The labor market continued to improve, albeit at a slower pace. Employers added 1.8 million jobs in July, and the unemployment rate fell to 10.2 percent.14
Consumer spending rose a lower-than-expected 1.2 percent in July. Slower sales of electronics and appliances were offset by an increase in restaurant and bar sales.15
Output by the nation’s manufacturers, miners, and utilities rose 3.0 percent. To put that number in perspective, industrial production hit 8.4 percent in February.16
Housing starts surged in July, increasing by 22.6 percent.17
Existing home sales soared 24.7 percent, representing the biggest monthly gain since 1968, when tracking of existing home sales began.18
New home sales jumped by 13.9 percent, reaching their highest level in over 13 years.19
Consumer Price Index
Prices of consumer goods rose 0.6 percent in July, with gasoline prices contributing to the increase.20
Durable Goods Orders
Orders for products designed to last three years or longer gained 11.3 percent, rising for the third consecutive month, as defense aircraft and motor vehicle orders led the way.21
Minutes from July’s meeting were released on August 19.
The Federal Open Market Committee (FOMC) appeared to favor more monetary accommodation, though Fed officials were unclear as to the timing or triggers for taking further policy action.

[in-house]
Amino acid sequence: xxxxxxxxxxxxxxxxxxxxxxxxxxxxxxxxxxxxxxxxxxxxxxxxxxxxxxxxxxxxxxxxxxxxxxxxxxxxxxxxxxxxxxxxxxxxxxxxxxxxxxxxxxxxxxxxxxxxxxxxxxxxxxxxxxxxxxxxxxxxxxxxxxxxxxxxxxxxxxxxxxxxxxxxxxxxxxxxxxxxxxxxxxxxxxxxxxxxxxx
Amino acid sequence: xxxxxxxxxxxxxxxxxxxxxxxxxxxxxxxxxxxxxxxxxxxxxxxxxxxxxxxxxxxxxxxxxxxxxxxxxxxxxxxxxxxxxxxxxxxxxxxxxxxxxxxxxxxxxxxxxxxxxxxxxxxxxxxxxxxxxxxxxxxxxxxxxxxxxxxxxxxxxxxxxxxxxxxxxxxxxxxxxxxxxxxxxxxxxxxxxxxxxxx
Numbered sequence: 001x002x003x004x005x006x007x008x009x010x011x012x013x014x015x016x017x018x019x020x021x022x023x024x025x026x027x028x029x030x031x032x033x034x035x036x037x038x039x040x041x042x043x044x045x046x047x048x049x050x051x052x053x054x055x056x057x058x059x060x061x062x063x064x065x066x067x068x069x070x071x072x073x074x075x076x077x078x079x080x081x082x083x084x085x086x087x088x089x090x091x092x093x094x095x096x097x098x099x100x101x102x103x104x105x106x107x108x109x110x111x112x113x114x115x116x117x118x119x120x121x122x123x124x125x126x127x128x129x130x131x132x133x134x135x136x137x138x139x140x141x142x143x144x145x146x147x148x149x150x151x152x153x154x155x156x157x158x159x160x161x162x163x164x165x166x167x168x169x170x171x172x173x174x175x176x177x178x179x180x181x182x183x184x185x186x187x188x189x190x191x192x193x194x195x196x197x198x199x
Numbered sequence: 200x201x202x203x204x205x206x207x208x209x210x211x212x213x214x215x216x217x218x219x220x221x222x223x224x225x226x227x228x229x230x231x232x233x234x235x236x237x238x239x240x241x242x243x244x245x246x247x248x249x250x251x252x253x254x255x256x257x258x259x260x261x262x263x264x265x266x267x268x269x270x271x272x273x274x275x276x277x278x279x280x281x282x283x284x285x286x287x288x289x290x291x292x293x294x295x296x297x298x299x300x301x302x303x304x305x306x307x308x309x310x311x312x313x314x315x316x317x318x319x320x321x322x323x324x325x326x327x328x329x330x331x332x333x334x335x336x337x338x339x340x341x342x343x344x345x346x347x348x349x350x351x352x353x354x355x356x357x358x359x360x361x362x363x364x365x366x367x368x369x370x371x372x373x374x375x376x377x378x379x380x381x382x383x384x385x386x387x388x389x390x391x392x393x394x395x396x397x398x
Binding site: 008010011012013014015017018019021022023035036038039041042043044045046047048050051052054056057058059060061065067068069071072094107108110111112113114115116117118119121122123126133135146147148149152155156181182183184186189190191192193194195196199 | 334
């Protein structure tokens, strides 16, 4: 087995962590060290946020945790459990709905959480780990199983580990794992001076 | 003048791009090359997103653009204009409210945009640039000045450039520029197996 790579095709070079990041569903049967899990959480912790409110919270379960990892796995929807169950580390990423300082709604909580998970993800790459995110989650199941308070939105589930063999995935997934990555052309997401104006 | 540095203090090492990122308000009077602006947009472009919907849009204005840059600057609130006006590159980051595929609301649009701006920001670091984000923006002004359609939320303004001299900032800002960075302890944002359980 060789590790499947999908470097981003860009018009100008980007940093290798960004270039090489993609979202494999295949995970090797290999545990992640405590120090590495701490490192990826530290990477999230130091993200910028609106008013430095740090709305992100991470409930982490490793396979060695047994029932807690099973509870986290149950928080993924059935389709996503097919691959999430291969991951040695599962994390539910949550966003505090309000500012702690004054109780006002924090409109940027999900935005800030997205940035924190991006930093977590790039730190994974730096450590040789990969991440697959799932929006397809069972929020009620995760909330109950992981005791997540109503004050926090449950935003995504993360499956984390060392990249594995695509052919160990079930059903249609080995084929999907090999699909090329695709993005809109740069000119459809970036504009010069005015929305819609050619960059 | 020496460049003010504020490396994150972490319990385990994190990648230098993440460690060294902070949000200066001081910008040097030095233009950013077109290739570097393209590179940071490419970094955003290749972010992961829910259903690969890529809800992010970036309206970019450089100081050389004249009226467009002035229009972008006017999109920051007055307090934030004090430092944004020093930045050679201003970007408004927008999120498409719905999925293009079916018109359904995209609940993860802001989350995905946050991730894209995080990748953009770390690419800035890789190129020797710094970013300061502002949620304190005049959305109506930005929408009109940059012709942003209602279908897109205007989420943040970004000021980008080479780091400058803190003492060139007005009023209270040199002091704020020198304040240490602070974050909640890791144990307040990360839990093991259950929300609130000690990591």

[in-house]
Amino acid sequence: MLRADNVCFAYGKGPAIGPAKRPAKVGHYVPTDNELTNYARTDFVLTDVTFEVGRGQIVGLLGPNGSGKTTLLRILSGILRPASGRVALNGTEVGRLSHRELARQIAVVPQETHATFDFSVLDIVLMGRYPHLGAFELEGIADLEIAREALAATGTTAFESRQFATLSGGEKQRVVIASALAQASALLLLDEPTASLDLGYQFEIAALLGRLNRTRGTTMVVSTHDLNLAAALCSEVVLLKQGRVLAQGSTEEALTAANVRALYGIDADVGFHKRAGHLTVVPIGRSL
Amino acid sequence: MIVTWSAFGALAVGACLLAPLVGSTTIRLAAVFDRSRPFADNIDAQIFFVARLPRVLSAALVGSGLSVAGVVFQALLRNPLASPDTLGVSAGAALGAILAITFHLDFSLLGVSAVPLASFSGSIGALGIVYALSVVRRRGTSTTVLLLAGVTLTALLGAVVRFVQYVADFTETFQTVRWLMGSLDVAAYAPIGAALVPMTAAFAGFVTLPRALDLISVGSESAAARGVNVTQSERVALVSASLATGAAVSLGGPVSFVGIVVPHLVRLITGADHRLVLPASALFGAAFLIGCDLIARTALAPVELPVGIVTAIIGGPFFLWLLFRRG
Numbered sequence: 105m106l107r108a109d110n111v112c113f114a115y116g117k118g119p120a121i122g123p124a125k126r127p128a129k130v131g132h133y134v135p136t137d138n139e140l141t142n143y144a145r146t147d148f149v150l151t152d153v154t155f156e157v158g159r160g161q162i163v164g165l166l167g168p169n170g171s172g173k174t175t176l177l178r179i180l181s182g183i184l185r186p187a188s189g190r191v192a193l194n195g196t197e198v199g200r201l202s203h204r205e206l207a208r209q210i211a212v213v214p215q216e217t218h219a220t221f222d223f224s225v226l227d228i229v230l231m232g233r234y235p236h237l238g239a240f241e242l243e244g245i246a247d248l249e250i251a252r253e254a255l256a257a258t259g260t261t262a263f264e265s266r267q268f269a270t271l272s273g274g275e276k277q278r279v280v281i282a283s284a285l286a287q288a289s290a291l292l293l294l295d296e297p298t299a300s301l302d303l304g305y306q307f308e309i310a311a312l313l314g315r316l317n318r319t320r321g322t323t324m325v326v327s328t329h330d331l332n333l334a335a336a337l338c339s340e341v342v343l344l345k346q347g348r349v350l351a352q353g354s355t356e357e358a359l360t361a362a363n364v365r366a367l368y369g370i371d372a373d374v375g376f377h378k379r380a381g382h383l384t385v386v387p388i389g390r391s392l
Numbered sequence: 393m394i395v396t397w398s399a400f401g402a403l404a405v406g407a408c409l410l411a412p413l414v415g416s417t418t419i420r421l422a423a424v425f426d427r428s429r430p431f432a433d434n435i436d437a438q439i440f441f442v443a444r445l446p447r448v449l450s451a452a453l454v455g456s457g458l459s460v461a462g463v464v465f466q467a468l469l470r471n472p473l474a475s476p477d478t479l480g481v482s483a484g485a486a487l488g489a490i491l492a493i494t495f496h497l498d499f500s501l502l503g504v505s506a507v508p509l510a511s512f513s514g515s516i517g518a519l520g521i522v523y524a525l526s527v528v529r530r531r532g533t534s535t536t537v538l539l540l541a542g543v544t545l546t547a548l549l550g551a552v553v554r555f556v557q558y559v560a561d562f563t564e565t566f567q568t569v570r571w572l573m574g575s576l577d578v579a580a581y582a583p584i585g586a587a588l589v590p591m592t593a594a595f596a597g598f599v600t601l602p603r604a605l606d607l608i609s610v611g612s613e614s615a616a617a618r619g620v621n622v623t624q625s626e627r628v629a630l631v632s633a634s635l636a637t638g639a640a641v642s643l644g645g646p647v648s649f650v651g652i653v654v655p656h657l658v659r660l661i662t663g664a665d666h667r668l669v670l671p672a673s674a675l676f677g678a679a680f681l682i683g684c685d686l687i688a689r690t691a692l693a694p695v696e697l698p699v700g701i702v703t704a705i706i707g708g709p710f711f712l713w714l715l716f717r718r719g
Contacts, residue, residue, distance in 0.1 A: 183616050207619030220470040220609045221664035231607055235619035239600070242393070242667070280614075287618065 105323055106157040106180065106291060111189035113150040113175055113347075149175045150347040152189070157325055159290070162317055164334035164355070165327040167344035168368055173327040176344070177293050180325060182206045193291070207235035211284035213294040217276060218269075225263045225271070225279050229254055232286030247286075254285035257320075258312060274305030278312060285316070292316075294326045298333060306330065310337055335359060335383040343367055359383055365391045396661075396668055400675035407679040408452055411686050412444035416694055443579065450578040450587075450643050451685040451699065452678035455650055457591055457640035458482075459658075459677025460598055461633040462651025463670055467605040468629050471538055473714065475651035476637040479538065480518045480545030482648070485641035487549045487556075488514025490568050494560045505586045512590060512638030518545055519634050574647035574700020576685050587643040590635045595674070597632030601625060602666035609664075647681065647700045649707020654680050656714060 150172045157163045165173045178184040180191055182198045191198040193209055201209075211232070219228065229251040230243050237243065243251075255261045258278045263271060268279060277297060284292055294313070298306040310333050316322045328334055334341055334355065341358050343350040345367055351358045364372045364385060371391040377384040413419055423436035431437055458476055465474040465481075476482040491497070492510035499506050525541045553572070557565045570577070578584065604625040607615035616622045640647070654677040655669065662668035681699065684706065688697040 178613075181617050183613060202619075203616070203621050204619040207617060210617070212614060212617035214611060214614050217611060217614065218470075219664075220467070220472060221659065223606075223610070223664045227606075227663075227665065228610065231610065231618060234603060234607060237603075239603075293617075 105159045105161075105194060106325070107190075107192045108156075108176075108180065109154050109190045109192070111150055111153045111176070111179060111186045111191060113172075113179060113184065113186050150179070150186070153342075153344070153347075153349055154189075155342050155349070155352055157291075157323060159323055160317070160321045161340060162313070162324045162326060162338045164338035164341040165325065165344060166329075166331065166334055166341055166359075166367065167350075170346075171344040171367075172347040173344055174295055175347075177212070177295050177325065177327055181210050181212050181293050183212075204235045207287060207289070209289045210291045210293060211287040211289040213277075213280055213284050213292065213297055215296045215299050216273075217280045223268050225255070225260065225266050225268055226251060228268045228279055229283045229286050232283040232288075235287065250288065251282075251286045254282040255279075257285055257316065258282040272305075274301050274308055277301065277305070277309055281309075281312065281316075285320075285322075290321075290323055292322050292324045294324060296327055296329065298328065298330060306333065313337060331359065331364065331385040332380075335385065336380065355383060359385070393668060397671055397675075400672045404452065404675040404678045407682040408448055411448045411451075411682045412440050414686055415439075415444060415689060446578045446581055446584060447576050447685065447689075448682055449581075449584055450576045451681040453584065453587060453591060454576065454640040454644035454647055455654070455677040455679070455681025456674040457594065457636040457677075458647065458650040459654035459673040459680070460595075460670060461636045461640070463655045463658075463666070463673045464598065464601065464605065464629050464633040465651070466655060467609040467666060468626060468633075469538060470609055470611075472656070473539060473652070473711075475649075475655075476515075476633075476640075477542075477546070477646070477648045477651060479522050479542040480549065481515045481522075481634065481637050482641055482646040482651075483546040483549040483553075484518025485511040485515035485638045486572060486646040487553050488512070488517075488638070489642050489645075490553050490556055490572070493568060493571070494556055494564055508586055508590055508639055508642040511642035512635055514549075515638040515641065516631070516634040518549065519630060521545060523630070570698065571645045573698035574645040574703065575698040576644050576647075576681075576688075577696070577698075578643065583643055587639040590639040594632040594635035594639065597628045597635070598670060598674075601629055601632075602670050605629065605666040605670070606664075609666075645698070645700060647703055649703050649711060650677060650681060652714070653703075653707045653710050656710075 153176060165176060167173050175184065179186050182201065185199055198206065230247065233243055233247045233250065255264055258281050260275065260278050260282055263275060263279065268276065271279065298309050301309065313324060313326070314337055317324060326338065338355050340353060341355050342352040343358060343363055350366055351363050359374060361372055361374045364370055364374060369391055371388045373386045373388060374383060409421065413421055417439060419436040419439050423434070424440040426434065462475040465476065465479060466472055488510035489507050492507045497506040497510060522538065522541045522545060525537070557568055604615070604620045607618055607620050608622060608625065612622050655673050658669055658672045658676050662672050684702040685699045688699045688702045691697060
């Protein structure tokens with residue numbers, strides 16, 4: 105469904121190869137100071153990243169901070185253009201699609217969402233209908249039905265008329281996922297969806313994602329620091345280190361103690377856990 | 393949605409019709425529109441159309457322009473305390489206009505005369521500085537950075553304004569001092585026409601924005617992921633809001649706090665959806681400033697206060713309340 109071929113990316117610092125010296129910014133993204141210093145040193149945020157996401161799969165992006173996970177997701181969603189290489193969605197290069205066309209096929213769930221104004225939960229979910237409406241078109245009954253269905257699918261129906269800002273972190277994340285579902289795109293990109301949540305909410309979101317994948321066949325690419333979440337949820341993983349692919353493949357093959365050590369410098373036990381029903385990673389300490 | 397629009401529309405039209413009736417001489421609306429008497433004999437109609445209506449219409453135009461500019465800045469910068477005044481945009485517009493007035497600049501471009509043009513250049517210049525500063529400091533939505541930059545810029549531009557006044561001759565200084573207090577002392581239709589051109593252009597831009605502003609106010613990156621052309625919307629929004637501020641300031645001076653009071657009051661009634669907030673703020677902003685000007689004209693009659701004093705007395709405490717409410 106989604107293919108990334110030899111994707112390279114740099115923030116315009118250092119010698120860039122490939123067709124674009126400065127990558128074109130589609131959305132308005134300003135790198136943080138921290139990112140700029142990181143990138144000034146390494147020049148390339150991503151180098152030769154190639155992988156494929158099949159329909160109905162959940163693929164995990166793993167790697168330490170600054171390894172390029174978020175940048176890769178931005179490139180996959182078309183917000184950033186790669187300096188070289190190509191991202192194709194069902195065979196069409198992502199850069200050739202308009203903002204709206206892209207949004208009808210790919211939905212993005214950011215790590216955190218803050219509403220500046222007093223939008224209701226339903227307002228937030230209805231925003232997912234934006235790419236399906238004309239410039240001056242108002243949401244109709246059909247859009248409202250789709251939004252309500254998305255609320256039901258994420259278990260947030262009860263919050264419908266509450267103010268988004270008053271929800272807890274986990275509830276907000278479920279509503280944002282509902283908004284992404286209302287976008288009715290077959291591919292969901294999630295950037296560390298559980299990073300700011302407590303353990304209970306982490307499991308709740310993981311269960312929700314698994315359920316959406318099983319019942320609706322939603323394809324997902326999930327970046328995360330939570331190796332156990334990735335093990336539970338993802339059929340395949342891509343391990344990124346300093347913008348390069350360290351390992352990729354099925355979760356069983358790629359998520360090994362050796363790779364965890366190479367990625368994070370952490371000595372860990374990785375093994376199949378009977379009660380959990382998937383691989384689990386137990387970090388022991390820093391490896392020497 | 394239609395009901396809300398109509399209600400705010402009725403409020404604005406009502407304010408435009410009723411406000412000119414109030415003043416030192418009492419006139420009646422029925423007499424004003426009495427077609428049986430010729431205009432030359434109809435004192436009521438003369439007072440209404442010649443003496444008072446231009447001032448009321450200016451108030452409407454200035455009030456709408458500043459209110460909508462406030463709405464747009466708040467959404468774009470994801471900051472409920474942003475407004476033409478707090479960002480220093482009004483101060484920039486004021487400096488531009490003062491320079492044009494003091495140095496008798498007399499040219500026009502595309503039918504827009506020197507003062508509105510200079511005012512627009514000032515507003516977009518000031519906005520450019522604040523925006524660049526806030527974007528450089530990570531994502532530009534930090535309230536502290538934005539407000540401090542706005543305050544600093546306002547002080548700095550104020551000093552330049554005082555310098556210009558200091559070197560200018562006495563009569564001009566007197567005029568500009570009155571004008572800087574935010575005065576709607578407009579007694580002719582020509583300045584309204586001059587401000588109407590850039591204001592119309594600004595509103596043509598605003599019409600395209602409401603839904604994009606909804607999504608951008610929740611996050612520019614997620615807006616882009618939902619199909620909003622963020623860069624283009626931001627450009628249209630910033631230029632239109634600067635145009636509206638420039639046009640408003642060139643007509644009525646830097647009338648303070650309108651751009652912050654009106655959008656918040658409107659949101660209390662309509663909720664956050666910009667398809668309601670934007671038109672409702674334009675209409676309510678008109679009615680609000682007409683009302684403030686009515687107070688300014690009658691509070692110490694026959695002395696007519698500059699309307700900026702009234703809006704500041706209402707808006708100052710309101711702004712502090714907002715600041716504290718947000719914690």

In a prepared statement, the FOMC said, “The path of the economy would depend significantly on the course of the virus.”
In addition, FOMC members believe that the “...ongoing public health crisis would weigh heavily on economic activity, employment, and inflation in the near term...” causing members to maintain the target range for the federal funds rate at 0 to ¼ percent.22
By the Numbers: Harvest Foods
The content is developed from sources believed to be providing accurate information. The information in this material is not intended as tax or legal advice. Please consult legal or tax professionals for specific information regarding your individual situation. This material was developed and produced by FMG Suite to provide information on a topic that may be of interest. FMG Suite, LLC, is not affiliated with the named representative, broker-dealer, or state- or SEC-registered investment advisory firm. The opinions expressed and material provided are for general information and should not be considered a solicitation for the purchase or sale of any security.
Investing involves risks, and investment decisions should be based on your own goals, time horizon and tolerance for risk. The return and principal value of investments will fluctuate as market conditions change. When sold, investments may be worth more or less than their original cost.
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The forecasts or forward-looking statements are based on assumptions, subject to revision without notice, and may not materialize.